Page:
The natural reservoir for Ebola has yet to be confirmed; however, bats are considered to be the most likely candidate species. Three types of fruit bats (Hypsignathus monstrosus, Epomops franqueti and Myonycteris torquata) were found to possibly carry the virus without getting sick. As of 2013, whether other animals are involved in its spread is not known. Plants, arthropods and birds have also been considered possible viral reservoirs.
Bats were known to roost in the cotton factory in which the first cases of the 1976 and 1979 outbreaks were observed, and they have also been implicated in Marburg virus infections in 1975 and 1980. Of 24 plant and 19 vertebrate species experimentally inoculated with EBOV, only bats became infected. The bats displayed no clinical signs of disease, which is considered evidence that these bats are a reservoir species of EBOV. In a 2002–2003 survey of 1,030 animals including 679 bats from Gabon and the Republic of the Congo, 13 fruit bats were found to contain EBOV RNA. Antibodies against Zaire and Reston viruses have been found in fruit bats in Bangladesh, suggesting that these bats are also potential hosts of the virus and that the filoviruses are present in Asia.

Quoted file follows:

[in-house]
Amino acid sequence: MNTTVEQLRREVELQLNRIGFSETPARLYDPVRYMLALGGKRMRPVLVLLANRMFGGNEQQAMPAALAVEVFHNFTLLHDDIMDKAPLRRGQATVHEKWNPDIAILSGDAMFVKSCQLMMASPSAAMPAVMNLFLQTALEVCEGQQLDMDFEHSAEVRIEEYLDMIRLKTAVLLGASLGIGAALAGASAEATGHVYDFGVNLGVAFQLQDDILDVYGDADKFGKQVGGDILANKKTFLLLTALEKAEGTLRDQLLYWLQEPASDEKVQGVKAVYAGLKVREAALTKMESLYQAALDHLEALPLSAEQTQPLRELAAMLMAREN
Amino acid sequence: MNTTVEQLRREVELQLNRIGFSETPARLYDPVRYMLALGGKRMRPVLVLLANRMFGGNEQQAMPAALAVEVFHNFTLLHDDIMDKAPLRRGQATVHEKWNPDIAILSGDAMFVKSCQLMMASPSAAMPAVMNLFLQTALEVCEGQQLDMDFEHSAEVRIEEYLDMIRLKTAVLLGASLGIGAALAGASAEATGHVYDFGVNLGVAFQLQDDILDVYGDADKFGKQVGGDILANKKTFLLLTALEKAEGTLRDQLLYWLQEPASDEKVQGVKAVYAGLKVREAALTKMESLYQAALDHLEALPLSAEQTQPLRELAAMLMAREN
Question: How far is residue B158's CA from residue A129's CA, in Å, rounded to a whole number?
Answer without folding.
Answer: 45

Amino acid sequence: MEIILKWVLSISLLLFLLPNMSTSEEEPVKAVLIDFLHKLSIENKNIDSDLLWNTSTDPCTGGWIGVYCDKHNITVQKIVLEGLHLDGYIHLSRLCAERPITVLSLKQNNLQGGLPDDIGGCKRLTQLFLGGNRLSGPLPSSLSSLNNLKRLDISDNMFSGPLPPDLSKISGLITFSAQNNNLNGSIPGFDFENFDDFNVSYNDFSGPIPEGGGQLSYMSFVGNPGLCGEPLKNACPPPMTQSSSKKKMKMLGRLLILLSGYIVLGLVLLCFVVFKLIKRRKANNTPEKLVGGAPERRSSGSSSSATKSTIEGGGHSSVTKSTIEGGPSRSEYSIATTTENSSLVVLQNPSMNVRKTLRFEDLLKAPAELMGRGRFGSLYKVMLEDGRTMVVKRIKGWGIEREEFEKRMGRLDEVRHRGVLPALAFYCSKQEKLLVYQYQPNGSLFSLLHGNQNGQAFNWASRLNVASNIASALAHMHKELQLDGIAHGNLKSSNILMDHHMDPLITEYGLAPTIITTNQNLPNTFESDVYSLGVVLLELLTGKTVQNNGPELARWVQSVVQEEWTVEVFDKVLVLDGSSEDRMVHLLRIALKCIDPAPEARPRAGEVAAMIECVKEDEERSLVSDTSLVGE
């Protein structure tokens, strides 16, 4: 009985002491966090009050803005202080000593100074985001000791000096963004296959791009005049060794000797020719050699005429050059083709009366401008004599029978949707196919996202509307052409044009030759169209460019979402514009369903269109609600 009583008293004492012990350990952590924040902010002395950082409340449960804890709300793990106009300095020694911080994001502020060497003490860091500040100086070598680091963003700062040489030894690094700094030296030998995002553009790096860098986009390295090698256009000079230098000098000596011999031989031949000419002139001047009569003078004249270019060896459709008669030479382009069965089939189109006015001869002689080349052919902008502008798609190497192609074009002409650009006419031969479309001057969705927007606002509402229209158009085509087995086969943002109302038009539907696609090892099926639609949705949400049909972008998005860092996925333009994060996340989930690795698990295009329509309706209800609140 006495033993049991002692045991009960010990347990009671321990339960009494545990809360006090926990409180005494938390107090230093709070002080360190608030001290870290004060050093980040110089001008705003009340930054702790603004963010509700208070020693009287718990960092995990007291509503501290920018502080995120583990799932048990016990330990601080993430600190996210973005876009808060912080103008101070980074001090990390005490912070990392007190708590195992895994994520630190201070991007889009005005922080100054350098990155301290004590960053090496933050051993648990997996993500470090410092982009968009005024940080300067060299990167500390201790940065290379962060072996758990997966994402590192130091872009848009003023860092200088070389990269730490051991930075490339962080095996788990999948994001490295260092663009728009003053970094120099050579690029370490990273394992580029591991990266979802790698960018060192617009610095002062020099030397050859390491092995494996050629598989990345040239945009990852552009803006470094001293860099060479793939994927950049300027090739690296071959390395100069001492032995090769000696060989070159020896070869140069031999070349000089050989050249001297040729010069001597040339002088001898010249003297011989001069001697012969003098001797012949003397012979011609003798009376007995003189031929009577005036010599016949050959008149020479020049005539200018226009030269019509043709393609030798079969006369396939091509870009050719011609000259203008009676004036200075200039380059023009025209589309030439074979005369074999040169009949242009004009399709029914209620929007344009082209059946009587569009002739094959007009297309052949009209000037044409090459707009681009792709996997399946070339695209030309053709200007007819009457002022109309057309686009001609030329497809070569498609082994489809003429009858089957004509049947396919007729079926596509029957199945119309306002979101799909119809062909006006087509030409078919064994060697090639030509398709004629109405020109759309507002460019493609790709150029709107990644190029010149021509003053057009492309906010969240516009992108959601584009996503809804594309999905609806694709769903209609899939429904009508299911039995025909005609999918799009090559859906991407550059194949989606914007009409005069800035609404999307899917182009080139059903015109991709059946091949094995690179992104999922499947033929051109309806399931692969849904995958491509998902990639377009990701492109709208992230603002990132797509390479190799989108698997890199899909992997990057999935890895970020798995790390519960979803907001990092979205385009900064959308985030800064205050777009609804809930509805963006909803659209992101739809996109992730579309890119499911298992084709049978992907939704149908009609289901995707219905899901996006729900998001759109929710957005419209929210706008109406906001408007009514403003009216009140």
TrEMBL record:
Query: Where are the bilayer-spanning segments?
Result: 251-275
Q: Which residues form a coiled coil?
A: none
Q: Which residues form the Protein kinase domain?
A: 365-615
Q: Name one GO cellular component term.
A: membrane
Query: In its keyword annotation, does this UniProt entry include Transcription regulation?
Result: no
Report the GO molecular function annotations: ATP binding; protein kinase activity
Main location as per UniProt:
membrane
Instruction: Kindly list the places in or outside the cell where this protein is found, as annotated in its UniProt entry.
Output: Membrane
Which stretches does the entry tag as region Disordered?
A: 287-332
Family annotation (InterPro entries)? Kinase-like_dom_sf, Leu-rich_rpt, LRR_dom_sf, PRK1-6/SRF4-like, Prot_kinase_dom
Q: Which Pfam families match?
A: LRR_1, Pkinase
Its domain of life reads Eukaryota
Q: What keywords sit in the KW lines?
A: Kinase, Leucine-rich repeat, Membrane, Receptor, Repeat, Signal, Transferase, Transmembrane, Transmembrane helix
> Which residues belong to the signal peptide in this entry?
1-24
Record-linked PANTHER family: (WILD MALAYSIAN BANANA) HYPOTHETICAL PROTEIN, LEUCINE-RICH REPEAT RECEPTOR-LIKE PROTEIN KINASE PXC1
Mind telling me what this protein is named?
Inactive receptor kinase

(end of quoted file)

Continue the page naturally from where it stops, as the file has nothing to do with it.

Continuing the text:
Between 1976 and 1998, in 30,000 mammals, birds, reptiles, amphibians and arthropods sampled from regions of EBOV outbreaks, no Ebola virus was detected apart from some genetic traces found in six rodents (belonging to the species Mus setulosus and Praomys) and one shrew (Sylvisorex ollula) collected from the Central African Republic. However, further research efforts have not confirmed rodents as a reservoir. Traces of EBOV were detected in the carcasses of gorillas and chimpanzees during outbreaks in 2001 and 2003, which later became the source of human infections. However, the high rates of death in these species resulting from EBOV infection make it unlikely that these species represent a natural reservoir for the virus.